New Parent’s Guide to Bonding With Your Child

When it comes to bonding with children, new parents often struggle. This is because becoming a parent overnight is a significant change in your life, and you likely feel a range of complex emotions. To strengthen your relationship with your child, there are a lot of things you may do. One way is to attend a new parents’ group. Several groups exist, including those in your local baby center, church, or hospital.

Postpartum Depression

Postpartum depression can be a severe issue for mothers. But there are several ways to deal with the condition. One way is to seek help early on. For example, the American Academy of Pediatrics urges that healthcare professionals screen pregnant women for postpartum depression during a well-child check-up.

Counseling or group therapy can help. A counselor can help a mother learn to control her thoughts and relax. The support of friends and family can help a new mother cope with postpartum depression. Lifestyle interventions such as improving nutrition and getting sufficient sleep can also help. Lastly, couples should remember to care for each other during this difficult time.

Parental Leave

Parental leave is a special type of leave that is provided to new parents. It allows parents to spend time bonding with their children. This leave can occur anytime in the first year after the child’s birth. In most cases, it’s taken as a single 12-week period, but you can take it in different parts.

Some studies have suggested that the length of parental leave significantly impacts mother-child bonding. The quality of mother-child interactions mediated this effect and was marginally significant. However, new parents should not assume that the length of leave is the only factor that affects their bonding with their children.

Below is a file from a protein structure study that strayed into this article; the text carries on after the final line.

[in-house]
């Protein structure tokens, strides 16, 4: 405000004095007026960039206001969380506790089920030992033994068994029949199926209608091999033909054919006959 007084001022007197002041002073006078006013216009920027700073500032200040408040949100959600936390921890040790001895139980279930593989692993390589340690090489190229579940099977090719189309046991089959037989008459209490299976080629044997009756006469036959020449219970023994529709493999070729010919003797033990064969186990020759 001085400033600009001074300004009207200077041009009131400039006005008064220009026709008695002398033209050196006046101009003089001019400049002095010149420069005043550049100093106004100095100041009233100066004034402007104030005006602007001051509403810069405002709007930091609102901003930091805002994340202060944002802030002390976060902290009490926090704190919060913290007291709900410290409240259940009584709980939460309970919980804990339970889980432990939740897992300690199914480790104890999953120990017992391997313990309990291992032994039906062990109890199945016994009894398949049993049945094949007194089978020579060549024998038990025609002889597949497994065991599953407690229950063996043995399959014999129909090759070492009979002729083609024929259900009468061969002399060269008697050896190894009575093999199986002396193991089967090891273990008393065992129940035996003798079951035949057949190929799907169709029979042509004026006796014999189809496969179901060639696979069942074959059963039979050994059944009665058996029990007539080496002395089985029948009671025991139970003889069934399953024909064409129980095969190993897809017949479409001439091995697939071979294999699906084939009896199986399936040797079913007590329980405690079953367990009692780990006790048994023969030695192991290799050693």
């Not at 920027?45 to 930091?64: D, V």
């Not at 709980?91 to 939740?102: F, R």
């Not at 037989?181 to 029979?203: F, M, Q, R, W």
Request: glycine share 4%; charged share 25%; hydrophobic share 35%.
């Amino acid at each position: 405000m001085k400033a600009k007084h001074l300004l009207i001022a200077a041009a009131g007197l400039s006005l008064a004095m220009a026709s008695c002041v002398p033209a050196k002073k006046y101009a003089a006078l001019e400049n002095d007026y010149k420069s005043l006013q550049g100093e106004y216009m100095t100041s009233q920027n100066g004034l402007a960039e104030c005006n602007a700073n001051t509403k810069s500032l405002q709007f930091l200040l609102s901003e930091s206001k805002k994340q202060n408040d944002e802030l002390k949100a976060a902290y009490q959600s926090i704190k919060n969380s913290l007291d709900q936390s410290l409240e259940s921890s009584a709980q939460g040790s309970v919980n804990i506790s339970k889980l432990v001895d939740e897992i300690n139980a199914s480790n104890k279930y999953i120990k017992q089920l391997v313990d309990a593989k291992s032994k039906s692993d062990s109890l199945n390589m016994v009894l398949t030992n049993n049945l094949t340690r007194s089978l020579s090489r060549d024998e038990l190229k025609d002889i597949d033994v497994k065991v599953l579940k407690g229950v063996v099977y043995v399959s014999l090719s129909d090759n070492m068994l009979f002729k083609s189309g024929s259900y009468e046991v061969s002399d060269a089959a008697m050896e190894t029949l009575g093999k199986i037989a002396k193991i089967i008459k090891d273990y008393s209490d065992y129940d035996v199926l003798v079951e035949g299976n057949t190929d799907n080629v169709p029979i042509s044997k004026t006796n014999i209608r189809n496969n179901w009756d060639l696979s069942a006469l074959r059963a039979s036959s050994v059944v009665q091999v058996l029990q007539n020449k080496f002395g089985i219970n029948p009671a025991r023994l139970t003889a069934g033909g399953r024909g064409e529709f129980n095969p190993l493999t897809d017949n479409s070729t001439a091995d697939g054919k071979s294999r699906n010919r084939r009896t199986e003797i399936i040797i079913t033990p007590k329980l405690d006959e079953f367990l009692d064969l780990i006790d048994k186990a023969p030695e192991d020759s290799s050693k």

Skin-to-Skin Contact

Skin-to-skin contact between new mothers and child helps newborn babies adjust to their new environment and benefits both parties. It helps babies regulate their body temperature and promotes a faster latch on the breast. It also encourages breastfeeding success and lowers stress for the mother. Moreover, it helps reduce the incidence of postpartum depression.

Most healthcare providers encourage skin-to-skin contact between new parents after childbirth. However, educating parents about the benefits of skin-to-skin contact is also helpful. Holding a newborn covered with bodily fluids can be an incredible experience for new parents. Through education, new parents can better accept skin-to-skin contact and avoid negative reactions.

Tone of Voice

The tone of voice is the way parents communicate with children. If you use your voice calmly and nonjudgmentally, your child will respond with security and comfort. On the other hand, if you yell, you are likely to provoke more resistance and disrespect in your child.

Studies have shown that tone of voice affects adolescents’ behavior, relational responses, and emotional reactions. For example, according to one study, adolescents responded more positively to motivational statements delivered in an autonomy-supportive tone. In contrast, teens given instructions in a neutral tone of voice were more likely to react negatively. These findings have important implications for both parent-child relationships and the well-being of adolescents.

Task-Oriented Parenting

The literature on task-oriented parenting is rich, with six key themes guiding its study. First, those who adopt this approach to parenting can expect to bond with their child on a deeper, more human level. It also promotes confidence in parenting and a strong connection with their child.

New parents have many demands on their time, including physical care, safety, and interpretation of cues from their children. Furthermore, the child’s communication abilities change, so parents must adjust their behavior to meet these changes. Research on parenting tasks has focused on parenting interventions, but there are also gaps in the literature.

About Dominic E.

Film Student and Full-time Medical Writer forĀ